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According to Wikipedia https://en.wikipedia.org/wiki/Star_48#Use_on_New_Horizons a solid fuel Star 48 “kick stage” was chosen as the 3rd stage in the launch of Europa Clipper.

Solid fuel rockets have less precise burns than liquid fueled rockets since they cannot be throttled, stopped or restarted. Solid fuel rockets can only be "throttled" by making self-cancelling wiggles in trajectory. This "unthrottlability" is irrelevant for boosters.

The burn of a liquid fueled top stage can be fine tuned to correct small errors in the burns of previous stages.

Why was the Star 48 chosen over a liquid-fueled 3rd stage? The Space Shuttle used Star 48 for launch of GSO satellites to avoid the safety hazards of liquid fuel in the cargo bay, but this obviously doesn’t apply to an uncrewed Falcon Heavy launch.

Edit: Barry's answer points out that the 3rd stage of Europa Clipper's launch vehicle has been eliminated due to a change in mission profile. So the question could be changed to "Why would a solid fuel rocket be chosen as the 3rd stage for the Europa Clipper launch, or any similar uncrewed launch?"

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  • $\begingroup$ Must be a typo, Star 48 is to be used, not 44. $\endgroup$ Commented Nov 25, 2022 at 17:32
  • $\begingroup$ @blobbymcblobby ... right you are. Duly edited. $\endgroup$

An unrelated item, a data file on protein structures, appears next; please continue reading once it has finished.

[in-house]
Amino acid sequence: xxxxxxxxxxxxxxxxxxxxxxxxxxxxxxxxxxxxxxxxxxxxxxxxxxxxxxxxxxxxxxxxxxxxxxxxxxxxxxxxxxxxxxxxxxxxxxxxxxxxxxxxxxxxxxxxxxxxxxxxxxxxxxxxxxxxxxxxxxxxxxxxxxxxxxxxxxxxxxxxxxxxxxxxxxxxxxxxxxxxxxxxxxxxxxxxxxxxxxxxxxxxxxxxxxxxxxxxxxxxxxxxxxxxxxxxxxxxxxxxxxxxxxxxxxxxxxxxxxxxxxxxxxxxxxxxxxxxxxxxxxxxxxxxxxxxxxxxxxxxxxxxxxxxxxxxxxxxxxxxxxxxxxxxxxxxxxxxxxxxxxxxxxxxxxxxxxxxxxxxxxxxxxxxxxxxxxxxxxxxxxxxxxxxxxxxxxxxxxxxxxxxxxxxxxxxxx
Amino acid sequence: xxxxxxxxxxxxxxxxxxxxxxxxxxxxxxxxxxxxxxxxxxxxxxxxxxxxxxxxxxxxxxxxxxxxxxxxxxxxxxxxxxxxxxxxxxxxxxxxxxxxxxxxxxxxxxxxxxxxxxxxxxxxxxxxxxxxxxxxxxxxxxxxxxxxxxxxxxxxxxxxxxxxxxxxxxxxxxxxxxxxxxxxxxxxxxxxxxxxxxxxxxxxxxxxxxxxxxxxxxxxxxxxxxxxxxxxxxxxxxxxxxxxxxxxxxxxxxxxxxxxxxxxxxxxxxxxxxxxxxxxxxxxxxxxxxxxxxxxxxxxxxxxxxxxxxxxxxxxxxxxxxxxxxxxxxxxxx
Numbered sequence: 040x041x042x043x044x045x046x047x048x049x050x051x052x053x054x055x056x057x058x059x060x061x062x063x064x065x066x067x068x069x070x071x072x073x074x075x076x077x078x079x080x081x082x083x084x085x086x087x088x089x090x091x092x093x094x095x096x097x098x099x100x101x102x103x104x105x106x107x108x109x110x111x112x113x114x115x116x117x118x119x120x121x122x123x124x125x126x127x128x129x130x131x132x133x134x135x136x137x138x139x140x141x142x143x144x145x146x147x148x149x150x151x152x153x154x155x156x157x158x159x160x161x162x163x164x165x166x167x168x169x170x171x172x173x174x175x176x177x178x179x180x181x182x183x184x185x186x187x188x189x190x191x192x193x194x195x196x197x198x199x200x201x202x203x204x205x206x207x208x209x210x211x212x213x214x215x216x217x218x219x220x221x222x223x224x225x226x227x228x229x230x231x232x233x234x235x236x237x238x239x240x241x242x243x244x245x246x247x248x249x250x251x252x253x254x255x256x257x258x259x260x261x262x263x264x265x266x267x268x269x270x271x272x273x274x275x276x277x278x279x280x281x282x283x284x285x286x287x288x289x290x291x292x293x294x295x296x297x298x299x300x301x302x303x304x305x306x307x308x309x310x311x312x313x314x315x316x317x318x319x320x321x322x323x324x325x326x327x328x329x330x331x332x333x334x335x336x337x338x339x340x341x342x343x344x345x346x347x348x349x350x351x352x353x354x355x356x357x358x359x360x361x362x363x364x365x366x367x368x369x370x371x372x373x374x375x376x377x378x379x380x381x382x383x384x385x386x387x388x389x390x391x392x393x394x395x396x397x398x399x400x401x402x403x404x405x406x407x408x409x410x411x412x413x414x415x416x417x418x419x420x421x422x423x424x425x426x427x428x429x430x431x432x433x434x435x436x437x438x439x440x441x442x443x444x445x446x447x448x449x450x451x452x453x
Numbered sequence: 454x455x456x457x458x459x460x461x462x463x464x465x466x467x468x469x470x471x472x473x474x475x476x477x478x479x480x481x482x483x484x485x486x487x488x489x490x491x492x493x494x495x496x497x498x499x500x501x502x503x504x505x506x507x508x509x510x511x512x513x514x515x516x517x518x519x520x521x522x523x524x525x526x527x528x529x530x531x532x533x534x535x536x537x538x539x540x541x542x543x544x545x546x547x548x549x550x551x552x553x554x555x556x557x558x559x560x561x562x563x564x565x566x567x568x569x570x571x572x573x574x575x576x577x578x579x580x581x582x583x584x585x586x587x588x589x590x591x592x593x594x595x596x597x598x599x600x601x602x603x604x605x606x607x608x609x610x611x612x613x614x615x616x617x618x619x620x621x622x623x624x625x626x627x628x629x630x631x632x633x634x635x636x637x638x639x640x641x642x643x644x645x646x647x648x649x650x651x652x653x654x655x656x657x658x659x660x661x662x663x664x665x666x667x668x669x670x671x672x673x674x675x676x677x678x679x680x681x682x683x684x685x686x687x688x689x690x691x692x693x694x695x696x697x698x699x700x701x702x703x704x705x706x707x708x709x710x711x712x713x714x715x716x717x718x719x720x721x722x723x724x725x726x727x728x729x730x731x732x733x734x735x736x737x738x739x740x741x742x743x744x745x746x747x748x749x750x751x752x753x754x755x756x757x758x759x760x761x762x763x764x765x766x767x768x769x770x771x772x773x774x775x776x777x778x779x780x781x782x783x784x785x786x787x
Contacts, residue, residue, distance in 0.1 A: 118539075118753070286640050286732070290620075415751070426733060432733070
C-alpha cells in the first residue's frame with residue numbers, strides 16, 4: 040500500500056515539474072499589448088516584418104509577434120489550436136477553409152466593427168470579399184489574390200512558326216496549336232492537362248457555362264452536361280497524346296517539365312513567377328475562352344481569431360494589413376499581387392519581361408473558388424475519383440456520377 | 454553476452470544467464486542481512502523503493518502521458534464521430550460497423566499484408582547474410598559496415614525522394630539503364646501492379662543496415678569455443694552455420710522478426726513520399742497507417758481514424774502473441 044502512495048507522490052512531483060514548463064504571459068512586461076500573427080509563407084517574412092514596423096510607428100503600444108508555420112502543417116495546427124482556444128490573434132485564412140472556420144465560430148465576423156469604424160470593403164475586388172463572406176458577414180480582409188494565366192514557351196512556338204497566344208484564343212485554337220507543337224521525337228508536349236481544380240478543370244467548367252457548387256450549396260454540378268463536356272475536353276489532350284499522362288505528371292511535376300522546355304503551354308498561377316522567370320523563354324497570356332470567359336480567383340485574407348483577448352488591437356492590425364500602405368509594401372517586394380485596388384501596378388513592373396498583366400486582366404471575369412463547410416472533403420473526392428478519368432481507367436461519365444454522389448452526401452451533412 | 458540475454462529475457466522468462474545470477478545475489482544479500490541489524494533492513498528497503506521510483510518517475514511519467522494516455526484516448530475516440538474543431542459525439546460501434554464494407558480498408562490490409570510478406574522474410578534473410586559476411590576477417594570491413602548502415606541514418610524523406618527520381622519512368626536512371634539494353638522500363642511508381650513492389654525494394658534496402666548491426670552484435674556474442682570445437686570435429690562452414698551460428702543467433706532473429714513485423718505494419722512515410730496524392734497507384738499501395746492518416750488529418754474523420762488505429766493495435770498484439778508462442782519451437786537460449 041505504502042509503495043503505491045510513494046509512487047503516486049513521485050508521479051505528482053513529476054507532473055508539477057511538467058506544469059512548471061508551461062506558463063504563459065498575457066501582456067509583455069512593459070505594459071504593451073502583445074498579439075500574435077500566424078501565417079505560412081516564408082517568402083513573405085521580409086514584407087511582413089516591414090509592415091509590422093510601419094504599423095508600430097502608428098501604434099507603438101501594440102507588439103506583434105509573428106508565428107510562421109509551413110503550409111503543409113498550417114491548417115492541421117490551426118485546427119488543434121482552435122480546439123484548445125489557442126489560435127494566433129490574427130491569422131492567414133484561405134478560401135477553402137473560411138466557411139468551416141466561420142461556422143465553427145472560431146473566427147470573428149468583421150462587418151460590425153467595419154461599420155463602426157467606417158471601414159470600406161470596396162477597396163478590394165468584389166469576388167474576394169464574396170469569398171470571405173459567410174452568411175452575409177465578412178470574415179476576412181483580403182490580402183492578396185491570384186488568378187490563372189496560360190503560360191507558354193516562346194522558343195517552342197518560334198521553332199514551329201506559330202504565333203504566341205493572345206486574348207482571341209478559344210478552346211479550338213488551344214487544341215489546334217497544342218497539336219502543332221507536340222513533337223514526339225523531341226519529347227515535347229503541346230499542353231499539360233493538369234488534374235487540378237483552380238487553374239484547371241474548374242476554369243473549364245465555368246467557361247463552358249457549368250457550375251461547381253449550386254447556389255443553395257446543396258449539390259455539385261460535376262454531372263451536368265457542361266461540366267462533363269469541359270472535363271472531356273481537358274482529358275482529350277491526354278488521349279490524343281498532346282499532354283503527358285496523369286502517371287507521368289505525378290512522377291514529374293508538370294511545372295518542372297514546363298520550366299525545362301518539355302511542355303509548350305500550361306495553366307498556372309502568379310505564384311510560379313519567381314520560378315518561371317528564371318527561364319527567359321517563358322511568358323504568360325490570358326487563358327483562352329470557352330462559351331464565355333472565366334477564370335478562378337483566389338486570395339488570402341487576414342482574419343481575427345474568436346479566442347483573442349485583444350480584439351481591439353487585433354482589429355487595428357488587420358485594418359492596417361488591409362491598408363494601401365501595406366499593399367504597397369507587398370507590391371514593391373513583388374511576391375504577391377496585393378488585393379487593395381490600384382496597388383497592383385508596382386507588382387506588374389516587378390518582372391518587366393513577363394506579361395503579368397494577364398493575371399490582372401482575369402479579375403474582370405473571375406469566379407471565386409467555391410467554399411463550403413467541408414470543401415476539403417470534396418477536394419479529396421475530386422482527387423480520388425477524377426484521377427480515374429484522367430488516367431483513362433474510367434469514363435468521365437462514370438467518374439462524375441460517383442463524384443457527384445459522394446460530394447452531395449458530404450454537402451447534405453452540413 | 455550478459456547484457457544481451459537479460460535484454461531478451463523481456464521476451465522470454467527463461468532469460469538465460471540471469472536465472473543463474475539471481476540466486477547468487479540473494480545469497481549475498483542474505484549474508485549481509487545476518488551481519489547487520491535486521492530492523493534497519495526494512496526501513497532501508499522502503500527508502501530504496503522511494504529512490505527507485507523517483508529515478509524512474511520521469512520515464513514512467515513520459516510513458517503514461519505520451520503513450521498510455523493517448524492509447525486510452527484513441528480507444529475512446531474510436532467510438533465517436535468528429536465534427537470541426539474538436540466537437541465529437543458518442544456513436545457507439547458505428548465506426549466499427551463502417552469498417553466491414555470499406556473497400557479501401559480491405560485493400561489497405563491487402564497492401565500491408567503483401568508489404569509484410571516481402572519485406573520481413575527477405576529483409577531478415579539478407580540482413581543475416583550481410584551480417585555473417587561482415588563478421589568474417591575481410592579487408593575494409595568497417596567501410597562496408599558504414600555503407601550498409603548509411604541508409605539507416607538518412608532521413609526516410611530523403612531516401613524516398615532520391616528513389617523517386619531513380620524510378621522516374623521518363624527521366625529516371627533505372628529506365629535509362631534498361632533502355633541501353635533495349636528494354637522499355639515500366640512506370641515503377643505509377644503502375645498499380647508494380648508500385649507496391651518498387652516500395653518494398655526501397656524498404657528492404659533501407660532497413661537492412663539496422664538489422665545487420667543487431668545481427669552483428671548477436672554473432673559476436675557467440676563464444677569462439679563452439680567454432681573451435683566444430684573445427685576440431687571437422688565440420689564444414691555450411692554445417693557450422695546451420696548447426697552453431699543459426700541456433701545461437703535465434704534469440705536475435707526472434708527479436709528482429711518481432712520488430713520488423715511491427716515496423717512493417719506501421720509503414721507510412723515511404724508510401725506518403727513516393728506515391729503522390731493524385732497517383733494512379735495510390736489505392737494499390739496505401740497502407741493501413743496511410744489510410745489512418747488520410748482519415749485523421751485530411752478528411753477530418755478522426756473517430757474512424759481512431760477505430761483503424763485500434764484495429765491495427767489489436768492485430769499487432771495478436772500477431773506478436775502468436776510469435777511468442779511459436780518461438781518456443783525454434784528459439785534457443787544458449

– Woody
    Commented Nov 25, 2022 at 18:13
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    $\begingroup$ Feels like 2 questions. Extended 48B gives more kick than standard 48 originally used, which goes some way to compensate for loss of direct flight that SLS would have given. Thrust vectored seems unlikely as its just not a common option. There was something about SLS being too wobbly for Clipper and some dampening was required, so may be a spin-stabilized 48B (and not a thrusting V) is more.. stable.. less vibration.. $\endgroup$ Commented Nov 25, 2022 at 18:29
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    $\begingroup$ @blobbymcblobby Since the spin stabilization is likely to start after the separation of the craft from SLS, SLS being wobbly might not be the reason spin stabilization is used. $\endgroup$
    – AJN
    Commented Nov 26, 2022 at 3:14
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    $\begingroup$ Related: space.stackexchange.com/a/14554/195 $\endgroup$ Commented Nov 28, 2022 at 4:00

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I'm not sure whether a version was even chosen because it was removed over 2 years ago with a Mars gravity assist route. The 6065kg to 41.69 km²/ sec² is within regular FH capabilities. This is the fifth time I've had to explain this from this https://www.youtube.com/watch?t=112&v=KK74a6FAnSg&feature=youtu.be

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